Earthquake Early Warning included in President Obama’s budget

President Barack Obama’s FY16 budget included an additional $3.5 million in base funding to the U.S. Geological Survey (USGS) Earthquake Hazards Program for “Earthquake Early Warning and Rapid Event Characterization.” This increase would bring that base to approximately $5 million per year (but would be $1.5 million less than FY15 federal funding).  The University of Oregon is a participant in the Pacific Northwest Seismic Network and has made funding an earthquake early warning system a federal legislative priority.

USGS and its partner universities are developing an earthquake early warning system for the U.S. West Coast. The current system, ShakeAlert, is in test mode and since 2012 has been issuing alerts to dozens of potential system users. However, there are not enough sensors in the seismic networks along the West Coast to provide fast and reliable alerts. With funding appropriated by Congress in past years, including a one-time bump to $5 million for FY15, the USGS has been working with partners to improve network coverage and the monitoring of critical infrastructure along major faults, with the long-term goal of implementing a full West Coast system.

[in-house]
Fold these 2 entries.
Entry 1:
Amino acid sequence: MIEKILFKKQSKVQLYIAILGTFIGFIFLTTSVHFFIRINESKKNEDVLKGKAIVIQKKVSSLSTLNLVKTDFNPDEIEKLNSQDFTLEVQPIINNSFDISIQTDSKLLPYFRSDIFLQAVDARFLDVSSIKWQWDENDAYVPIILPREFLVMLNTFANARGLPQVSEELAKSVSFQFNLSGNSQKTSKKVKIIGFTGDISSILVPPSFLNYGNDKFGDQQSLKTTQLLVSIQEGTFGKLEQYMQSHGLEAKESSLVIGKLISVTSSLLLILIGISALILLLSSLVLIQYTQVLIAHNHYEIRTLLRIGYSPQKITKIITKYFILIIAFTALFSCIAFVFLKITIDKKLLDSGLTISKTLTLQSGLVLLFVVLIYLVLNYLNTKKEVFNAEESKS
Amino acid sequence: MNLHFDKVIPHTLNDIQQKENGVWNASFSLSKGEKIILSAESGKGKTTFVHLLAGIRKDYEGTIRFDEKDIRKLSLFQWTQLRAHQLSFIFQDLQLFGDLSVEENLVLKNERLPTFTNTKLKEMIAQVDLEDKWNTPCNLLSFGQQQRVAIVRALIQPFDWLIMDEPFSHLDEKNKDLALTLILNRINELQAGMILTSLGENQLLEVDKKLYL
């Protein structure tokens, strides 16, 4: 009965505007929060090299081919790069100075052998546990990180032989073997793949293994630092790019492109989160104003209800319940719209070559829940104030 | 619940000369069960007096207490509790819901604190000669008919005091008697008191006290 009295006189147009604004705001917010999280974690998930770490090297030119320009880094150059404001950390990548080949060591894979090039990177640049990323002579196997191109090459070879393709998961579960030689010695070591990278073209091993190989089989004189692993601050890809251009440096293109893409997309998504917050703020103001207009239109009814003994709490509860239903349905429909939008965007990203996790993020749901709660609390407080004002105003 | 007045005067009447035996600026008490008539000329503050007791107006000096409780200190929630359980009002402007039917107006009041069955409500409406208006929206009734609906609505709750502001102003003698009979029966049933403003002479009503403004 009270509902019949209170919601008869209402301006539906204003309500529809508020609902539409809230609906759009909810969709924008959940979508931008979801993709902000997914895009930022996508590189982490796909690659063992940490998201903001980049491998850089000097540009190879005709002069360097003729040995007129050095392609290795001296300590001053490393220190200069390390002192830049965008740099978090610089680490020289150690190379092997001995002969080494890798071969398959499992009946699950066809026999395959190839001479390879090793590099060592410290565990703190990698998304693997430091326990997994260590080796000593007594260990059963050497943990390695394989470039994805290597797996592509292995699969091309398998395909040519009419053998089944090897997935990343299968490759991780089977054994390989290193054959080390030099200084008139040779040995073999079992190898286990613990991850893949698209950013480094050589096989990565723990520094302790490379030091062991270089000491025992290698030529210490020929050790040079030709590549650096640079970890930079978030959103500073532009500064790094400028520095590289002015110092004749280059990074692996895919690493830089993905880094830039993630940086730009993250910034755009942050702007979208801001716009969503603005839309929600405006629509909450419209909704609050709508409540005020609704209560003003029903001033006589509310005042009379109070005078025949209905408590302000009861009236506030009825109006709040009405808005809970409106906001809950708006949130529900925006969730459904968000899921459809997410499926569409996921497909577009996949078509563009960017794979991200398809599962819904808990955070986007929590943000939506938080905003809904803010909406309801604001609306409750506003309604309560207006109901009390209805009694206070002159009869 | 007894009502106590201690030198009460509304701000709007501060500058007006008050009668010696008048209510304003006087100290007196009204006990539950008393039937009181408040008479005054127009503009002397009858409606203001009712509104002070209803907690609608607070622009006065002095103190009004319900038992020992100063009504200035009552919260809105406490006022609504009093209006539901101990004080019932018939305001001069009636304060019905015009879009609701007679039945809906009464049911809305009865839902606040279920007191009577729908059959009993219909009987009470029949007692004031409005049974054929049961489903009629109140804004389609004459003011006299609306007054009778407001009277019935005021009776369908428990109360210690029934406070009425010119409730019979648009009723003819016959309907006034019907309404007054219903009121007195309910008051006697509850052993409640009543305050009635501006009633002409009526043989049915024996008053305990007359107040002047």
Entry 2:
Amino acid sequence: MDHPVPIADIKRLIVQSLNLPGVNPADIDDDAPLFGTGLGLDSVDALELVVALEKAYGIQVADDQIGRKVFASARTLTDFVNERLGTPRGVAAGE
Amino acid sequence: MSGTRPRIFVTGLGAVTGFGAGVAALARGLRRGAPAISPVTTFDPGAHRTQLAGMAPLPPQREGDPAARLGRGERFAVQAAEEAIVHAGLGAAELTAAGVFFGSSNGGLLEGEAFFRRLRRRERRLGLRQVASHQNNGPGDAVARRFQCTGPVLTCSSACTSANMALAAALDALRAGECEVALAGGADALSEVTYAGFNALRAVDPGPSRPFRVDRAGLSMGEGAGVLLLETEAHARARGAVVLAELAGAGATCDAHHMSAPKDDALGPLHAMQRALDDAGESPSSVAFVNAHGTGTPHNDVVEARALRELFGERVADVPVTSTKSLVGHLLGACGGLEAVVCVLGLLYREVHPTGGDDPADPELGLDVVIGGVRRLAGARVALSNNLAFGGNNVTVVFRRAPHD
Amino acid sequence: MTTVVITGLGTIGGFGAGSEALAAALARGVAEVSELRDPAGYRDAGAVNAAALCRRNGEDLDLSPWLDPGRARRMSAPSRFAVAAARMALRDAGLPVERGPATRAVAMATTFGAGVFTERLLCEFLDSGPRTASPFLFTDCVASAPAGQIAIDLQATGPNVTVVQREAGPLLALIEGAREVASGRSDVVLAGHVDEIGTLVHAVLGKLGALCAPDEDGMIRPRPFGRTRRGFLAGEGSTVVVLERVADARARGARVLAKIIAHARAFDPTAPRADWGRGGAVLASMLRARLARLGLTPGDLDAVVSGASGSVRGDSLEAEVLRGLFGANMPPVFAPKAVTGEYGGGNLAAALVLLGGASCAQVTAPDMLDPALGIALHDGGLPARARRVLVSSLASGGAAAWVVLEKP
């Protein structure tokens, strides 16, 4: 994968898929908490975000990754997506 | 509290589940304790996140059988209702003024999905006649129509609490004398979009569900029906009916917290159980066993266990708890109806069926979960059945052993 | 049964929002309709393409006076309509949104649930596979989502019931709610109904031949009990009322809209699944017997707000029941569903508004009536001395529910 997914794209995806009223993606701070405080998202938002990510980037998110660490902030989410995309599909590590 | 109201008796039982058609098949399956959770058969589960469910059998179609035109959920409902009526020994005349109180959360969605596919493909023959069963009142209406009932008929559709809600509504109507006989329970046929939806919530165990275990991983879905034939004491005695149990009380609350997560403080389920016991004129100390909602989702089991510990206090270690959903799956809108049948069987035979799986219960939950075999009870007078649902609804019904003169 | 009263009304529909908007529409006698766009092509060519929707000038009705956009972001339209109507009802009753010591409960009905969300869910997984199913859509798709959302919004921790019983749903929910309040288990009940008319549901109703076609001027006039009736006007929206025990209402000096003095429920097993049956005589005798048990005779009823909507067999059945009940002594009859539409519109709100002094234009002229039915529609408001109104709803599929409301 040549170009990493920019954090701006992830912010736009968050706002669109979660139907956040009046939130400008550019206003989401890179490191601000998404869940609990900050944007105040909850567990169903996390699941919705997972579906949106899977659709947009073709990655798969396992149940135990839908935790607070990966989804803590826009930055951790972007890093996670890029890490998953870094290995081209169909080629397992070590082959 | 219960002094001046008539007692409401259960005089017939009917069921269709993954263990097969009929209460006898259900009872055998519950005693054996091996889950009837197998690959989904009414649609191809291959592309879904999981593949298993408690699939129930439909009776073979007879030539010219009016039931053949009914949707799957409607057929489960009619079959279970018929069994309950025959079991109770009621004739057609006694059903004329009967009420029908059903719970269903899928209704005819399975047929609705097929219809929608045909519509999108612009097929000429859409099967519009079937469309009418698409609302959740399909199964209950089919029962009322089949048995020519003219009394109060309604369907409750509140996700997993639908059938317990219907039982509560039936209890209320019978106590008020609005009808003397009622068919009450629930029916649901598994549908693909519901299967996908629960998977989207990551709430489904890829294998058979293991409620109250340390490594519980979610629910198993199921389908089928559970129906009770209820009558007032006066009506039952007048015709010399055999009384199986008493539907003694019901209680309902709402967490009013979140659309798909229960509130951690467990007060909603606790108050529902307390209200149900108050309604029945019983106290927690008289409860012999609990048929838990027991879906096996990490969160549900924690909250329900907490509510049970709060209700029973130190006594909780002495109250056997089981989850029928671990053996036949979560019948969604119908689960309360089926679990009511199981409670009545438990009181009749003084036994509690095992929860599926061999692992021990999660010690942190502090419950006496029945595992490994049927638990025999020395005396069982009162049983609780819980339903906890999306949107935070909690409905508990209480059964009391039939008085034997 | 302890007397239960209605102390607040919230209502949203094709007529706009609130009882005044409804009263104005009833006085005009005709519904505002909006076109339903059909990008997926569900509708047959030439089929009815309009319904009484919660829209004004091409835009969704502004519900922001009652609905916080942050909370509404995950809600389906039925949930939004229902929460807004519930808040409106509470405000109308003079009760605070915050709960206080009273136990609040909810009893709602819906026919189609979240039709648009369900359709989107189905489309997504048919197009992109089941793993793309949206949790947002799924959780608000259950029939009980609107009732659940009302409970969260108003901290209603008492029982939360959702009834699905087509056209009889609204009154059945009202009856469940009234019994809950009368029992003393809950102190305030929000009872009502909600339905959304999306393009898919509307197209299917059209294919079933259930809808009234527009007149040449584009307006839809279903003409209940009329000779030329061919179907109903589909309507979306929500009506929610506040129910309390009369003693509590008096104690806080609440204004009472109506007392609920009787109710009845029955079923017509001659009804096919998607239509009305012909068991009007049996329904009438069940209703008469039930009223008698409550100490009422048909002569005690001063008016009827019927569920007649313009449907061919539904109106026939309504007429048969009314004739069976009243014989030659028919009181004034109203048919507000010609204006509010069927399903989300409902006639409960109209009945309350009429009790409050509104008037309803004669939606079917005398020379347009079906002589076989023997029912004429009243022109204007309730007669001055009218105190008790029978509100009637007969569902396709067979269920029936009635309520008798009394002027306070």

The Administration’s 2016 request for the USGS builds upon past federal, state, and private funding for ShakeAlert development.  If the Administration’s request is funded by Congress, USGS will work with state, university, and private-sector partners to implement a public earthquake early warning system. Additional base funding will be needed to operate a full West Coast system; with an estimated cost of $16.1 million per year.